Do you have any info on training clients with epilepsy?
Epilepsy is a disorder of the brain in which sufferers experience seizures or fits repeatedly. The seizures often occur without warning and are the result of neurons in the brain not communicating properly. The school of thought for people with epilepsy used to be to avoid exercise for fear that a seizure could occur at any moment. However, it is now known that regular exercise actually reduces the occurrence of epileptic seizures, and it is very unlikely for a seizure to happen while working out.
The reasons behind exercise reducing epileptic seizures are numerous. First, it lowers and helps control stress, which is a main cause of seizures. Second, the heavy breathing resulting from exercise prevents the build up of carbon dioxide in the blood. Neurotransmitters (chemicals that cause the body to feel good) are released during exercise and may play a role in calming the brain. Since people have to concentrate when playing a sport, the brain is less likely to trigger a seizure. Improved fitness levels and increased self esteem resulting from physical activity can also reduce the risk of seizures.
As always, a doctor’s guidelines should be followed when training an epileptic client. In addition, other safety precautions should be taken. Make sure medication is taken as prescribed and that an adequate amount of it is available. If a sport is involved, make others aware of the client’s condition. Appropriate protective gear should be worn if required by the specific activity such as helmets, life jackets and knee pads. Contact sports such as football, boxing and skiing should be avoided as well as high altitude events such as rock climbing. Any other known seizure triggers (such as lack of sleep and high stress) should be avoided. A medical alert bracelet should be worn at all times by the client.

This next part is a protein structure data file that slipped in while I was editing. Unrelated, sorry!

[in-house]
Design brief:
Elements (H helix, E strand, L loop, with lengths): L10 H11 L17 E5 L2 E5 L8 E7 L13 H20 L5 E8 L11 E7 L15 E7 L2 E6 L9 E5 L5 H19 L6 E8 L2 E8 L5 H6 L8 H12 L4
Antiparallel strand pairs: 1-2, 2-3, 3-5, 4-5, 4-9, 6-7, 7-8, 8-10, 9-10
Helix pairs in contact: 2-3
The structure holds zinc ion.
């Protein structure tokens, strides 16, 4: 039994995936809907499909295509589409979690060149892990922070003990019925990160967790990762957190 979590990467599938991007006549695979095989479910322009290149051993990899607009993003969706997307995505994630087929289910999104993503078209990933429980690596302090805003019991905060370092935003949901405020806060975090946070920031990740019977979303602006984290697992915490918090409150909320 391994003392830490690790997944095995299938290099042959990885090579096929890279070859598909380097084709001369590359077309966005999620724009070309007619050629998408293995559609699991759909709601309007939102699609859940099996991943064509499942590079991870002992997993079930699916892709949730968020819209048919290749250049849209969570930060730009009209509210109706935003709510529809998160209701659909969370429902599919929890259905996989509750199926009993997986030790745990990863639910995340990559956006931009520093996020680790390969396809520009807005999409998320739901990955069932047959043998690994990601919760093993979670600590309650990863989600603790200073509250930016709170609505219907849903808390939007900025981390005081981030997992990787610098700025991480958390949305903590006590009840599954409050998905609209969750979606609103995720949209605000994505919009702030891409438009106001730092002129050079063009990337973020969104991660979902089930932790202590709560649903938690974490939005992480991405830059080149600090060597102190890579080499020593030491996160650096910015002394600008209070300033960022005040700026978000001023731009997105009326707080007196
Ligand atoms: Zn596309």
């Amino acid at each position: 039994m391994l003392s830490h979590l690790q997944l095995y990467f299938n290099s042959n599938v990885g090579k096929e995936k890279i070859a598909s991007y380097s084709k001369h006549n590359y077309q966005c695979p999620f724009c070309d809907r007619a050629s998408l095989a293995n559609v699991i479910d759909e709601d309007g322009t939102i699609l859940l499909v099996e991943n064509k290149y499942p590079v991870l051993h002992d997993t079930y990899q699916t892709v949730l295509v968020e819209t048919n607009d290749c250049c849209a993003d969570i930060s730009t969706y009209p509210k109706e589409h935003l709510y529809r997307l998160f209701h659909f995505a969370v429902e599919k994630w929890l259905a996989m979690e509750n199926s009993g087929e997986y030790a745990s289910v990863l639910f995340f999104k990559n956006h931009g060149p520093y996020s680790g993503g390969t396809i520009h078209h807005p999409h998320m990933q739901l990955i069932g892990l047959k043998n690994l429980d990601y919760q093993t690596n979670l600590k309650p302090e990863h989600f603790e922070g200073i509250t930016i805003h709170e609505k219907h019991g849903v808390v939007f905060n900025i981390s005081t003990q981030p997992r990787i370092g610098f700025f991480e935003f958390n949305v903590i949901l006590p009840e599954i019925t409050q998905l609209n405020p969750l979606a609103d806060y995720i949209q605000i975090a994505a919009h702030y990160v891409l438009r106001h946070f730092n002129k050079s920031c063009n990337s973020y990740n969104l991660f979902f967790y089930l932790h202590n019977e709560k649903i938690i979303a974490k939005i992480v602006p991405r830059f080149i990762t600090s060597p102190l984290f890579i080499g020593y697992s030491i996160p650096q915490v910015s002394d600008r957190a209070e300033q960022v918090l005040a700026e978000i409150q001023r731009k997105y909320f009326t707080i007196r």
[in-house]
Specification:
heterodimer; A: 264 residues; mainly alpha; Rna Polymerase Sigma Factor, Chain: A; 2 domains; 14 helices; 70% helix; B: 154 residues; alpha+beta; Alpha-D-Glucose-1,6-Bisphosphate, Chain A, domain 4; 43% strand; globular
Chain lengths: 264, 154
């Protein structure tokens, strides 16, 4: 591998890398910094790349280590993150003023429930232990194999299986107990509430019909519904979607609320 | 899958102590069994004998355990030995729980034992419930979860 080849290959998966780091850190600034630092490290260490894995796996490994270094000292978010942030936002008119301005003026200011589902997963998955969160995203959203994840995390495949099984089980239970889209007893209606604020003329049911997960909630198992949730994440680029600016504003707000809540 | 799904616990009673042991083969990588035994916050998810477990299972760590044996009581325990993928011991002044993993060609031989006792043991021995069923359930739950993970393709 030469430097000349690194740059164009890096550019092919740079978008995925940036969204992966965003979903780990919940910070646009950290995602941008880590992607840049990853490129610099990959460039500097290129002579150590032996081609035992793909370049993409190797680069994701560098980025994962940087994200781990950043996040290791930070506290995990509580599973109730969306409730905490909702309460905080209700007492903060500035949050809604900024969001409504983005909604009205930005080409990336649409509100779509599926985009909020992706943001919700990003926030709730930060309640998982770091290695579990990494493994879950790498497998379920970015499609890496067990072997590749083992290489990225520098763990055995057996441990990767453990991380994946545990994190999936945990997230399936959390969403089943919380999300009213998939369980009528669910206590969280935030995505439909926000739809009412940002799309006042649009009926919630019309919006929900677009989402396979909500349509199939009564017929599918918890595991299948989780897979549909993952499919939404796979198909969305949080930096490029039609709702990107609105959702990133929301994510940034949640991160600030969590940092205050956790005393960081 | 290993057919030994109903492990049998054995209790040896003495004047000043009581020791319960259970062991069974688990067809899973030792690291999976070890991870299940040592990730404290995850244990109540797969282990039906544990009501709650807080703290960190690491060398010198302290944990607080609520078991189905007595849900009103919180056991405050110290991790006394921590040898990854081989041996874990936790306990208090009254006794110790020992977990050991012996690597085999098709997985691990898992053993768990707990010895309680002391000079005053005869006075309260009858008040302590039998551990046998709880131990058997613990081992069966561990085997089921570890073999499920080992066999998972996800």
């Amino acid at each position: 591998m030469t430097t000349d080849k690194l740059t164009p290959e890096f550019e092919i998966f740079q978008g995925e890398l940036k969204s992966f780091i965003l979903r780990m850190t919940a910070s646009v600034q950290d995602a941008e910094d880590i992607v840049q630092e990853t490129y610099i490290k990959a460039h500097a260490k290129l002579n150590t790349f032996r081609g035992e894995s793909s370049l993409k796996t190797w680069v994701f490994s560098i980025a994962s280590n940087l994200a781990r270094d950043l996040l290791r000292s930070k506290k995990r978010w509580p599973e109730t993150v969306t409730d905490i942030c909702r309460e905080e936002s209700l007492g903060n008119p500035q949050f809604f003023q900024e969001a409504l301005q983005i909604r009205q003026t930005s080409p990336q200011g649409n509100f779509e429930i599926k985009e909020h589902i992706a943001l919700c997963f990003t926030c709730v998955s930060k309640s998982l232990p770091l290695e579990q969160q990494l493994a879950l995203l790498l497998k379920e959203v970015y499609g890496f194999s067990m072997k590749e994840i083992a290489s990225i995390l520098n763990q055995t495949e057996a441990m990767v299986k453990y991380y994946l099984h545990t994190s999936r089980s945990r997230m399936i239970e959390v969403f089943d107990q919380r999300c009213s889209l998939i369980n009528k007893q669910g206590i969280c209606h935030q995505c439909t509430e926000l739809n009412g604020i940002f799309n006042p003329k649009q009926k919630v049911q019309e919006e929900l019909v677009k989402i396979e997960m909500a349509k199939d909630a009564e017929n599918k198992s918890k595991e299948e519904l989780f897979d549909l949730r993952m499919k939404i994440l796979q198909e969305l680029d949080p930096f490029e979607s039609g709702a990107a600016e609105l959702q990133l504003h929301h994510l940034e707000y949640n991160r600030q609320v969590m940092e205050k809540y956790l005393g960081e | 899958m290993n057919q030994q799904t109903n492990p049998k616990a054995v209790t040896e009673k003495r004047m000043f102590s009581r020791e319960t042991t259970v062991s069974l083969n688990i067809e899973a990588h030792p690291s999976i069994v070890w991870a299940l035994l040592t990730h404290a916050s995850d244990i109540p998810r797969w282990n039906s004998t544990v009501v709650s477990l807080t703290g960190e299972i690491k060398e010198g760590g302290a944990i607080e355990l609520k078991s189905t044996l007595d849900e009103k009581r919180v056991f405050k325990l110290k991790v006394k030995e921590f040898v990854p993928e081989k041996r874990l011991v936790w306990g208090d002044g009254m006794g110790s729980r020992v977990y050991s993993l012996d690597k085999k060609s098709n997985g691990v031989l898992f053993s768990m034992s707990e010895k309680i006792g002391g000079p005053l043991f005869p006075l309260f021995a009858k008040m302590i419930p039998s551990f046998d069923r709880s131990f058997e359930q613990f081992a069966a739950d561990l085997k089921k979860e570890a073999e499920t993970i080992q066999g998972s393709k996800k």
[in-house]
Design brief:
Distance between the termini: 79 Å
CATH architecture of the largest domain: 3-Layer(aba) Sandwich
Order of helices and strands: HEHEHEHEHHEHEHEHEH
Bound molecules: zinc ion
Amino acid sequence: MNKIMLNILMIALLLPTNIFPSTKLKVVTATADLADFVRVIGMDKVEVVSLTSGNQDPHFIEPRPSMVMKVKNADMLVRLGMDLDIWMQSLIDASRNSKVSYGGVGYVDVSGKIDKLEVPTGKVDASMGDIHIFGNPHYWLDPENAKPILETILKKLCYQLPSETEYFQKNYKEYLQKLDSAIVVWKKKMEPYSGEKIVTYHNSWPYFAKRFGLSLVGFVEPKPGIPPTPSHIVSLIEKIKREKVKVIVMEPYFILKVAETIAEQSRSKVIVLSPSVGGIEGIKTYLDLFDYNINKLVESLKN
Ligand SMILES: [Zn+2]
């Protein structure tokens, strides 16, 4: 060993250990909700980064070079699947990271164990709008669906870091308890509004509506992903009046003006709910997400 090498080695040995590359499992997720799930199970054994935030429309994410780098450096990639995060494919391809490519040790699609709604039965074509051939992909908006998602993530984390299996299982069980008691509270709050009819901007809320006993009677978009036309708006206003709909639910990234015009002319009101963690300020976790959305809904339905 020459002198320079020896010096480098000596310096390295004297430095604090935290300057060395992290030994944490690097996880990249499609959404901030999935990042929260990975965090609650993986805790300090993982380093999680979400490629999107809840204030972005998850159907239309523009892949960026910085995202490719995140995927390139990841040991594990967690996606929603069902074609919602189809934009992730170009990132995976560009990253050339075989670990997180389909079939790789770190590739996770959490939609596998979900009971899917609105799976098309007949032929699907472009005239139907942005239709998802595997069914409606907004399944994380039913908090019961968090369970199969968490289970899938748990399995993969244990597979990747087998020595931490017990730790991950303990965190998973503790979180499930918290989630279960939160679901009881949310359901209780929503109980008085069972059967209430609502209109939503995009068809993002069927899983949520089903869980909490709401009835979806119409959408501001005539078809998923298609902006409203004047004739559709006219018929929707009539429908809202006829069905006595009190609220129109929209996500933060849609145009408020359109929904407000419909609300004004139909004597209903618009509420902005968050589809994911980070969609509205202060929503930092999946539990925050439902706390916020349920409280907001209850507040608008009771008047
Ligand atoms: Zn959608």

It is also important to realize that some drugs taken by epileptic patients have side effects that can affect physical performance. Anti-epileptic drugs (AEDs) can trigger fatigue and coordination and vision problems. Exercise can also affect the levels of AEDs in the blood, so epileptic exercisers should be monitored by a doctor or specialist.
Most regular training exercises can be performed as long as certain guidelines are followed. There are ways to help your client avoid triggering an epileptic seizure. Make sure plenty of water is consumed before, during and after exercise. Don’t push to the point of physical exhaustion. Slow down if the client is feeling hot or tired. Schedule plenty of rest between workouts (at least two days per week). Monitor proper nutrition intake closely. Avoid workouts if adequate sleep does not occur. Take necessary precautions to avoid head injuries. Know where to get help if you need it: a doctor, neurologist or the Epilepsy Assist Helpline (300-852-853).